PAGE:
Safeguarding science's foundations

May 3, 1996

Tony Trinci (THES, April 19) has summarised the problems of the academic science base in no uncertain manner. The system is designed to dissipate almost every act of creativity and innovation. Small, highly-effective centres of excellence have been reorganised with no regard for academic criteria, simply to cut costs and facilitate administration.

Technical and secretarial help has all but disappeared. Inordinate investment of time is necessary to obtain enough grant money to sustain even a modest research group. The few practising scientists that remain (most academics have long ago given up laboratory science because of pressures that result from huge undergraduate numbers) are generous with their leisure hours. A week or two spent in a Scandinavian lab provides a salutary reminder of how easy it is to do quality research with state-of-the-art equipment. Huge cash injections will help halt our decline, but we will never be able to sustain over 100 universities in the United Kingdom.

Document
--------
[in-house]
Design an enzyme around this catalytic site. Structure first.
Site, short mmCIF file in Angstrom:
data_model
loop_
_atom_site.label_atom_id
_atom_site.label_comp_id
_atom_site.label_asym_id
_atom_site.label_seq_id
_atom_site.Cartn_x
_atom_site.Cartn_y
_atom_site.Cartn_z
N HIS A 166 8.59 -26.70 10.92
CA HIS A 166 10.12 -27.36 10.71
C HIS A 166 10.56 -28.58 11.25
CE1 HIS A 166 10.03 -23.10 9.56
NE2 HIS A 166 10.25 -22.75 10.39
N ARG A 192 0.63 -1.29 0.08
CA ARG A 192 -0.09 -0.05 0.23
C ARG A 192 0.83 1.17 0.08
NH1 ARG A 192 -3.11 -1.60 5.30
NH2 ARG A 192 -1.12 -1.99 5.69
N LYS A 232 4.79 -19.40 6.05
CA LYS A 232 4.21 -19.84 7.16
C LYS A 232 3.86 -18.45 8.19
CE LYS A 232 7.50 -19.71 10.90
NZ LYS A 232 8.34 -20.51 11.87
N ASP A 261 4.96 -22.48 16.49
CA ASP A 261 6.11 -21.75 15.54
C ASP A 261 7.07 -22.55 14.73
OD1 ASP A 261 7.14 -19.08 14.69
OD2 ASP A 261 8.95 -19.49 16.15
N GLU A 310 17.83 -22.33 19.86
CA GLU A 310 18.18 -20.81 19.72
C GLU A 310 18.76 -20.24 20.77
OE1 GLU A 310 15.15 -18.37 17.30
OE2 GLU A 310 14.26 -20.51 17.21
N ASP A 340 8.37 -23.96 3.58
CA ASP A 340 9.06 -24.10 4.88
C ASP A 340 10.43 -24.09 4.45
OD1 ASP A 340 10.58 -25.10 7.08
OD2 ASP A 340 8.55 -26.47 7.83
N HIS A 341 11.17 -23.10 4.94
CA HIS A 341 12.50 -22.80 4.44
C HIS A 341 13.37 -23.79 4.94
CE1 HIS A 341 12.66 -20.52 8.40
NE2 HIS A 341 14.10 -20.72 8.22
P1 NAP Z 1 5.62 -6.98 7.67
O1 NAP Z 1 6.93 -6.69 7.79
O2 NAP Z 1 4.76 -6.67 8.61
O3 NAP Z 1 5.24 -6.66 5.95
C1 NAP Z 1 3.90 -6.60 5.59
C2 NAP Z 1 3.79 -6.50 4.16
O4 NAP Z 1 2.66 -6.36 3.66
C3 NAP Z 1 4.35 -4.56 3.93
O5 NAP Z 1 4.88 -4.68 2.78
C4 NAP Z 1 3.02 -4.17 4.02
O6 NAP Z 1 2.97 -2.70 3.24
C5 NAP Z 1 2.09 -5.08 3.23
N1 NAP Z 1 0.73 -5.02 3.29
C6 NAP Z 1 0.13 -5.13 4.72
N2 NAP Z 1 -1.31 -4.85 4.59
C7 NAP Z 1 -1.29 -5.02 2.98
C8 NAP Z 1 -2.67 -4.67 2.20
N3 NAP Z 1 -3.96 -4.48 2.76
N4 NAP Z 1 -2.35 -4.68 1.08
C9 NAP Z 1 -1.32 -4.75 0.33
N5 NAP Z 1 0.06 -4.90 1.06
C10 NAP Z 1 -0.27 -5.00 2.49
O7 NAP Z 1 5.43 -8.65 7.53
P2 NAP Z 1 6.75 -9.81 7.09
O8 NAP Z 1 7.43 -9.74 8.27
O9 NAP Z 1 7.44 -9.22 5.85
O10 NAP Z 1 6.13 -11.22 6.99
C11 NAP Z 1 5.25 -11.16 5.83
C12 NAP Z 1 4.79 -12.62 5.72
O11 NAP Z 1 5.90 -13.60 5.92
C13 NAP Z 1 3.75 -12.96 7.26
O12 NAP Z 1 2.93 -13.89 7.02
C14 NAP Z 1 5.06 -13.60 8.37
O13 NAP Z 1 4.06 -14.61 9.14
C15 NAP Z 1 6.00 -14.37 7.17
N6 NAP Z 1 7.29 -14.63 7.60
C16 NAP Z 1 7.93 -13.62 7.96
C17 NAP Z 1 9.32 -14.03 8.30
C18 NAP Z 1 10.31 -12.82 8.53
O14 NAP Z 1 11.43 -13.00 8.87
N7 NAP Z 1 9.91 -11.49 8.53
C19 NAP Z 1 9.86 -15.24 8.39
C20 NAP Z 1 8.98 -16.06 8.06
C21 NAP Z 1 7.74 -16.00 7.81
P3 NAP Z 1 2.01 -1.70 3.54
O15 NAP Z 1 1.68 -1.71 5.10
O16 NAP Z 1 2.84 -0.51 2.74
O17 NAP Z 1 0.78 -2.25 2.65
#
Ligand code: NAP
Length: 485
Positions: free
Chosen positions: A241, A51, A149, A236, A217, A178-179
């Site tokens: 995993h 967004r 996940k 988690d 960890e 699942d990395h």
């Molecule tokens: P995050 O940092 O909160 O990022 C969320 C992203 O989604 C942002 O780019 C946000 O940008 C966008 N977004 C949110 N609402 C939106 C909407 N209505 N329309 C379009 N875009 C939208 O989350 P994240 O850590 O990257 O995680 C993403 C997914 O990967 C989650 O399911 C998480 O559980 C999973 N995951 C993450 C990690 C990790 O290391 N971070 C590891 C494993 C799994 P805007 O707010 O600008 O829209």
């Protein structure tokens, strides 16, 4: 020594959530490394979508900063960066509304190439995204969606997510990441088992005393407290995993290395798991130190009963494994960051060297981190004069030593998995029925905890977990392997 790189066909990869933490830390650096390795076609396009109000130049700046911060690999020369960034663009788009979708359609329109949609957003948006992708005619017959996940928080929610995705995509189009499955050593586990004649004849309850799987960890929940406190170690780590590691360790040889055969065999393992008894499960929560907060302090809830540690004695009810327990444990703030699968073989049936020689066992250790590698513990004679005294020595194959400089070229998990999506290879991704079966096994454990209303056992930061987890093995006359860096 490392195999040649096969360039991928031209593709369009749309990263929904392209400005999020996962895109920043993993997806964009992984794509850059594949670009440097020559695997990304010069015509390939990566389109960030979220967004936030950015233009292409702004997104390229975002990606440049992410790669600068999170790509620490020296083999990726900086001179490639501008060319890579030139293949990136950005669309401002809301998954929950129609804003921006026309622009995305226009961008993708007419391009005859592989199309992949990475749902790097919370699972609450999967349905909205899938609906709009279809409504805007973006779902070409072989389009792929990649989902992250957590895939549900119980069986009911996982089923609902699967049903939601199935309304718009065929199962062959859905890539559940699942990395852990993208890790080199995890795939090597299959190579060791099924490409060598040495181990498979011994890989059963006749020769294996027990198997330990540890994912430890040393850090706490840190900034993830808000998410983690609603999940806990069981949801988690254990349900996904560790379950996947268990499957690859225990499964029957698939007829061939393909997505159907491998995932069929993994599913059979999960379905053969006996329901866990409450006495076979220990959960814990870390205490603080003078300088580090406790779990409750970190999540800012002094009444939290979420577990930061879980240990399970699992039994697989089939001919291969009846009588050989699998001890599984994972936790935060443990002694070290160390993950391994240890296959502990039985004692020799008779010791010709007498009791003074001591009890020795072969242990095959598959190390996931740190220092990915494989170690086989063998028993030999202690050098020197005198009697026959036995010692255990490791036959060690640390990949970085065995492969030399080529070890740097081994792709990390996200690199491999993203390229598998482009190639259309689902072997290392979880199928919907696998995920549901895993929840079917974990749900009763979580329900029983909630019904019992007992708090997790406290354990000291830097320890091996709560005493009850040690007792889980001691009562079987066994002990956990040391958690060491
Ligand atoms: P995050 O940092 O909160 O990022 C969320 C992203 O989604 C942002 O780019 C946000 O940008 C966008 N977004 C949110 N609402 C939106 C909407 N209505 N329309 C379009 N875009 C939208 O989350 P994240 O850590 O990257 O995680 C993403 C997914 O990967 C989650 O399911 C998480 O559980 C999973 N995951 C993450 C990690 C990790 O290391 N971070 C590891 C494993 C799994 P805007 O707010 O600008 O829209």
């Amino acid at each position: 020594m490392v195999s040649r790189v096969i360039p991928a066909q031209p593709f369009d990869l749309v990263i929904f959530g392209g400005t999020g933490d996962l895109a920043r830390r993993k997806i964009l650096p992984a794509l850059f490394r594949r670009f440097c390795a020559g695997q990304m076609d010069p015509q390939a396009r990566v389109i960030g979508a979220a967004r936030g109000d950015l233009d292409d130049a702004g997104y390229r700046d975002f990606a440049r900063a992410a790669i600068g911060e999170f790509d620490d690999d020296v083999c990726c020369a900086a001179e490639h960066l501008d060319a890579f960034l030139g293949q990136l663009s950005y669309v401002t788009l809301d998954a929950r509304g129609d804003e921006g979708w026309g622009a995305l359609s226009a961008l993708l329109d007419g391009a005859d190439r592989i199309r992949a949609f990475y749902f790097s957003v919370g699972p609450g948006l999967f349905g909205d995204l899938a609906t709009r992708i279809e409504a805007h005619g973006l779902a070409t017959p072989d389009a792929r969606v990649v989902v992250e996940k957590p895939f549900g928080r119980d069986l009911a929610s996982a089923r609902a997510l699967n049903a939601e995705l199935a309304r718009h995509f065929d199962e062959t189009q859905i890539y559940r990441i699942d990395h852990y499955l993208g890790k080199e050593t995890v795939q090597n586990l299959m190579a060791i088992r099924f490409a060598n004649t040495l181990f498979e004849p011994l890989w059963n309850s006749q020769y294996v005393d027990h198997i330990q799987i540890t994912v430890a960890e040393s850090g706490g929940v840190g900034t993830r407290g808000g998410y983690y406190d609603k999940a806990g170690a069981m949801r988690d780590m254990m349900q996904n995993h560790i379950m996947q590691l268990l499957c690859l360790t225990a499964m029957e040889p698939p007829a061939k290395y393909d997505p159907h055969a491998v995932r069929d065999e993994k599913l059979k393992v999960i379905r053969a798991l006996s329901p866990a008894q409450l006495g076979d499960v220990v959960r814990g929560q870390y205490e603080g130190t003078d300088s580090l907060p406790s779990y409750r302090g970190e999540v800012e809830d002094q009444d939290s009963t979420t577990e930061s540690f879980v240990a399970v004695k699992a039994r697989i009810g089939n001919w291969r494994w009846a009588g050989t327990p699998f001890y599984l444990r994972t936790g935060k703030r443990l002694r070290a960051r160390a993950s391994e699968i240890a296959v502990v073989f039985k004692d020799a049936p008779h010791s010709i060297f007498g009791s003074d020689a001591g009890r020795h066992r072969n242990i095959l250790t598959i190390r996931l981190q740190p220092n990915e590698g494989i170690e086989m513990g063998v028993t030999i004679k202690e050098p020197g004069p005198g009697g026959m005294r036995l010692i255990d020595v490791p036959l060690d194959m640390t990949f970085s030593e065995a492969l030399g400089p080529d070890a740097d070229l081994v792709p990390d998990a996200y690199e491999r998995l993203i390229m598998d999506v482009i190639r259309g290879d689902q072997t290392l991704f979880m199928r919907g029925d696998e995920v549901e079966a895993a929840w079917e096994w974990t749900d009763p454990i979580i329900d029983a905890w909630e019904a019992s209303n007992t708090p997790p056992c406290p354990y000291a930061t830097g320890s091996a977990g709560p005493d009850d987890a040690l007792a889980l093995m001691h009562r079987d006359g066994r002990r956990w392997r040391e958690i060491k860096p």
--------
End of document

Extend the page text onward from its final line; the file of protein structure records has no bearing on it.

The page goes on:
D. Lloyd, School of pure and applied biology University of Wales, Cardiff

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